Serums, balms, ointments, treatments, masks, actives; the list goes on when it comes to all the wonderful ways you can improve the look, feel and appearance of your skin. But it’s all for nothing if you don’t wear SPF all day, every day! There’s a reason every dermatologist and esthetician out there pushes this part of any skincare routine the hardest. Let’s break it down.
UVA and UVB
While you always want to be wearing a broad spectrum SPF, it is worth knowing the difference between UVA and UVB. UVA is what ages your skin and UVB is what burns it. We want to avoid both of those things. Sunscreen isn’t only about slowing the signs of aging – the most important function of SPF is preventing skin cancers from occurring. So, with all that in mind, always opt for a “broad” or “full” spectrum sunscreen.
Sun Protection Factor ratings
In case you didn’t already know, “SPF” stands for Sun Protection Factor. This refers to the length of time you will be protected for when in the sun while wearing your sunscreen. The basic formula for figuring out the SPF is the number of seconds it takes a patch of skin to redden when there is SPF applied versus no SPF applied. So, for example, if it took 300 seconds for the skin to redden with a sunscreen applied and 10 seconds to redden without it, it would be a factor 30 (300 divided by 10). This essentially dictates how often you will need to reapply the sunscreen when out in sunlight. It is generally believed that SPF needs to be reapplied every two hours when out in direct sunlight (more often if you’re swimming or sweating) and that you should always select an SPF of 30 and above.
What about when you’re indoors? No SPF required, right? Wrong. Windows are not sunblock and plenty gets through them. So apply sunscreen when indoors as well, but you can forego the reapplication as long as you apply a good layer of SPF to begin with. Speaking of a good layer of SPF…
Proper application of SPF
The Sun Protection Factor rating is based on proper application of sunscreen. This means if you’re not applying enough, you simply won’t get full protection against the sun’s harmful rays. This means at least half a teaspoon of SPF to cover your face and neck (don’t forget the ears!). No dabbing it on like highlighter (thank you very much, Mrs. Paltrow). Furthermore, it should always be the last step of your skincare routine so that the layer does not get disrupted by rubbing in other products. Think of sunscreen like a thin but complete barrier on top of your skin (or just inside it, as with chemical sunscreen.
Chemical sunscreen versus mineral sunscreen
Another consideration when choosing sunscreen is whether you go for a chemical or mineral (sometimes called physical) sunscreen. Both of these protect from the sun’s damaging rays but they use different mechanisms. So what’s the difference?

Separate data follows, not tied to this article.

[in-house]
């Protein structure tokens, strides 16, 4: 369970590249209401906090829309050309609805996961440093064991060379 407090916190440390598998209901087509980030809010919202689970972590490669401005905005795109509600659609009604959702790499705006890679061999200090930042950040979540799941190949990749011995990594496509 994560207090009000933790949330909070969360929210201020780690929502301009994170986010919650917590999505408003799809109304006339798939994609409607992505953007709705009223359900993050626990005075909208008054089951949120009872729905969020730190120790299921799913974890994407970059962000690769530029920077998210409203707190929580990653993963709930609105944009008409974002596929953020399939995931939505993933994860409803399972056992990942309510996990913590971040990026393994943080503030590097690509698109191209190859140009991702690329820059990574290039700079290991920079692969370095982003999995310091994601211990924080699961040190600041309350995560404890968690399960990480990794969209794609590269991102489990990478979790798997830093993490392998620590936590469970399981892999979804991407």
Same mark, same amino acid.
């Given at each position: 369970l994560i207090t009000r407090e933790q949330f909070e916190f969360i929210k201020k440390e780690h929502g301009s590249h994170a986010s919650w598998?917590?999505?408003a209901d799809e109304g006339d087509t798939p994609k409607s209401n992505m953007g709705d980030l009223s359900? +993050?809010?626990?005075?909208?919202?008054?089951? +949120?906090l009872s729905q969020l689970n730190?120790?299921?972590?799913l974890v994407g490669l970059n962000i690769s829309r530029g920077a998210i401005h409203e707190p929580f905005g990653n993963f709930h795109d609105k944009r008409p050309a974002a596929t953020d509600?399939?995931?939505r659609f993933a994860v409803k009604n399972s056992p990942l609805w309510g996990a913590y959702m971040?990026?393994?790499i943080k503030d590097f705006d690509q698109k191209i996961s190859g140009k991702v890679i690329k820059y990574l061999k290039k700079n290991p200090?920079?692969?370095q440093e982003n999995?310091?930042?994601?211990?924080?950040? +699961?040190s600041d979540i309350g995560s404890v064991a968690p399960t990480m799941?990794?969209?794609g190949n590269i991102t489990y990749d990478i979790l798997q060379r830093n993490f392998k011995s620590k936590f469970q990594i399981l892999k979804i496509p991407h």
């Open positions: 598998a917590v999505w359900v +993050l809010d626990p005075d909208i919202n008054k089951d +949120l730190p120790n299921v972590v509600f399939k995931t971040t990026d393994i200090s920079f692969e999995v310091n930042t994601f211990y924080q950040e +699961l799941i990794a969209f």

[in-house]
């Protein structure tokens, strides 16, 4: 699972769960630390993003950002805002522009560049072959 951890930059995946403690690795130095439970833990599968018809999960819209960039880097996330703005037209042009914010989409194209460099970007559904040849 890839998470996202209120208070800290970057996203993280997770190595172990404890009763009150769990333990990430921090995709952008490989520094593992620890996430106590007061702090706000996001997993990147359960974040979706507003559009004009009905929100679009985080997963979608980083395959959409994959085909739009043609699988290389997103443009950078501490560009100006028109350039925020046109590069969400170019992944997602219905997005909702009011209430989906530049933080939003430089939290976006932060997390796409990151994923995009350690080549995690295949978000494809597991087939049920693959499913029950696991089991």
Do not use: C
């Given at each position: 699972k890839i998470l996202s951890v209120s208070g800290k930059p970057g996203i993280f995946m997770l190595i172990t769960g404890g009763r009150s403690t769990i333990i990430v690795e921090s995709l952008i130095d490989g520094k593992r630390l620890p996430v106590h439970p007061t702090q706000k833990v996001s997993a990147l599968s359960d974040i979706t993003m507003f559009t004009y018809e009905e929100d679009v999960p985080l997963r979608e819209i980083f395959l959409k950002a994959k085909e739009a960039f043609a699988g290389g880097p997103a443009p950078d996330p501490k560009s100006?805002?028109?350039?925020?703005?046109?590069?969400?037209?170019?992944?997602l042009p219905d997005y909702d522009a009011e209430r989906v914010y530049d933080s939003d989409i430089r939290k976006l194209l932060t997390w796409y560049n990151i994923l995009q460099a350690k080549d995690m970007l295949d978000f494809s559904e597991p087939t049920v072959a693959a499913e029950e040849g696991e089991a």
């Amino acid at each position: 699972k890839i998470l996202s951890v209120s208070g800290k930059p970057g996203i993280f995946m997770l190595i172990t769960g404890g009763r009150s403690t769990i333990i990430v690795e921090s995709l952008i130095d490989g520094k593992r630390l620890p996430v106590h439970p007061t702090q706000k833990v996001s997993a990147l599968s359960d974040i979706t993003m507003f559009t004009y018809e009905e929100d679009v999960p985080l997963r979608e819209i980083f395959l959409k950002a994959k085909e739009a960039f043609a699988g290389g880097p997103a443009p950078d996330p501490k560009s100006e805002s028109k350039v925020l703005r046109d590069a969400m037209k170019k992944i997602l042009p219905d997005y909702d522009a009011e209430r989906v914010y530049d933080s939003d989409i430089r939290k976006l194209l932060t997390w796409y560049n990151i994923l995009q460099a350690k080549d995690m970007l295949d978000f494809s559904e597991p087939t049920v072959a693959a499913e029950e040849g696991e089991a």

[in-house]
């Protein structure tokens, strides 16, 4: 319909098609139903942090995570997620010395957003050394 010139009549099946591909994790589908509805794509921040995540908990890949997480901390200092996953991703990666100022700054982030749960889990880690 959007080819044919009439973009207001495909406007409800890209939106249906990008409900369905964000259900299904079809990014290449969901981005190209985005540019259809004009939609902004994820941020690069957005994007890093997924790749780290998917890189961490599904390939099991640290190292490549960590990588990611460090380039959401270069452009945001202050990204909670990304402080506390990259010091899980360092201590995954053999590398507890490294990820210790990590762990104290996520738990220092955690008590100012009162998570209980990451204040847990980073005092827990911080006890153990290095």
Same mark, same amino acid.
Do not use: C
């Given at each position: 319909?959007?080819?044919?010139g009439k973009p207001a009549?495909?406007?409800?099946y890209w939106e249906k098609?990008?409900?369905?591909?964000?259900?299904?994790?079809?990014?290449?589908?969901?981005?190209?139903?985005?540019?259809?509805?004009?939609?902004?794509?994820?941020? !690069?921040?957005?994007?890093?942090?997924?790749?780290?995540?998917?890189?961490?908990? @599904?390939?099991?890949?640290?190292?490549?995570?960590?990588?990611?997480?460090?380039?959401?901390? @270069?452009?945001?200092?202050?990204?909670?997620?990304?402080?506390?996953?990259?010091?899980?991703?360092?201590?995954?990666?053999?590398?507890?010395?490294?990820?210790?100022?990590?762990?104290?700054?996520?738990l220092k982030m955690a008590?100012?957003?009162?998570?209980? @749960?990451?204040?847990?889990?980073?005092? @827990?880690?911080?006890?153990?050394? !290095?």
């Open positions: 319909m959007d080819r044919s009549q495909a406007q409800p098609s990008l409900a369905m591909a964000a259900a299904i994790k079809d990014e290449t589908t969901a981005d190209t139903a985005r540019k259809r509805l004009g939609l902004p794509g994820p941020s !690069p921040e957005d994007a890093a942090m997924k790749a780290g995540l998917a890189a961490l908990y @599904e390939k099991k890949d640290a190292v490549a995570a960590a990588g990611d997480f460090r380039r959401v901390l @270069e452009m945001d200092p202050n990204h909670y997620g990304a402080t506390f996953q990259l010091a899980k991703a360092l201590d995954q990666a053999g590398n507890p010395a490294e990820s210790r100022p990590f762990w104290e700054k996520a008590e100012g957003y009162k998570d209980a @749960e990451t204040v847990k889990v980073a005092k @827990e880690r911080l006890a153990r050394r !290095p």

With active ingredients such as titanium dioxide or zinc dioxide (often both), mineral sunscreens block UV rays at the surface level. They sit atop the skin and form a physical block that reflects UV ray away from the skin. Think of mineral sunscreen like lots of tiny little mirrors all over your skin. Your sun protection is instant with mineral sunscreens. This means, in order to get the most of out of a mineral SPF product, you have to apply it liberally (remember that half teaspoon minimum we talked about) and be careful about reapplying. It sits on the surface of the skin so rubbing or sweating it off is easy to do. Physical sunscreen also tends to be the one that creates what is referred to as a ‘white cast’ more so than chemical sunscreen.
Chemical sunscreens work very differently to mineral or physical sunscreens. These SPF products are absorbed by your skin, rather than sit on top of it. They then absorb UV rays, turn them into heat and then release that heat from the skin.
As you might expect, chemical sunscreen takes longer to work than the instant efficacy of mineral sunscreen (so be sure to apply your chemical sunscreen at least 20 minutes before your sun exposure). Chemical SPF also allows some UVA exposure to occur due to the fact that the sun’s rays penetrate the skin. Further to this, those prone to rosacea and hyperpigmentation can find chemical sunscreens problematic due to the heat-releasing function of them. Those with acne-prone skin can also find that chemical sunscreens exacerbate their issues because chemical sunscreens tend to be more likely to clog pores. Chemical SPFs can also contain some controversial ingredients such as oxybenzone.
So then why, you may ask, would someone opt for chemical over mineral sunscreen? Well, there are pros! Chemical sunscreen is thinner and easier to apply. It absorbs deeper into the skin, and less is required for protection. This means there is more often than not, no white cast issue. Further to this, if you’re going to be out swimming or sweating a lot, rather than constantly reapplying mineral sunscreen, a chemical one might be much more convenient, though it still needs to be reapplied a minimum of every two hours.
It can take some time to find the right sunscreen for your skin but the bottom line is that any sunscreen is better than no sunscreen, so don’t skip this most important skincare step!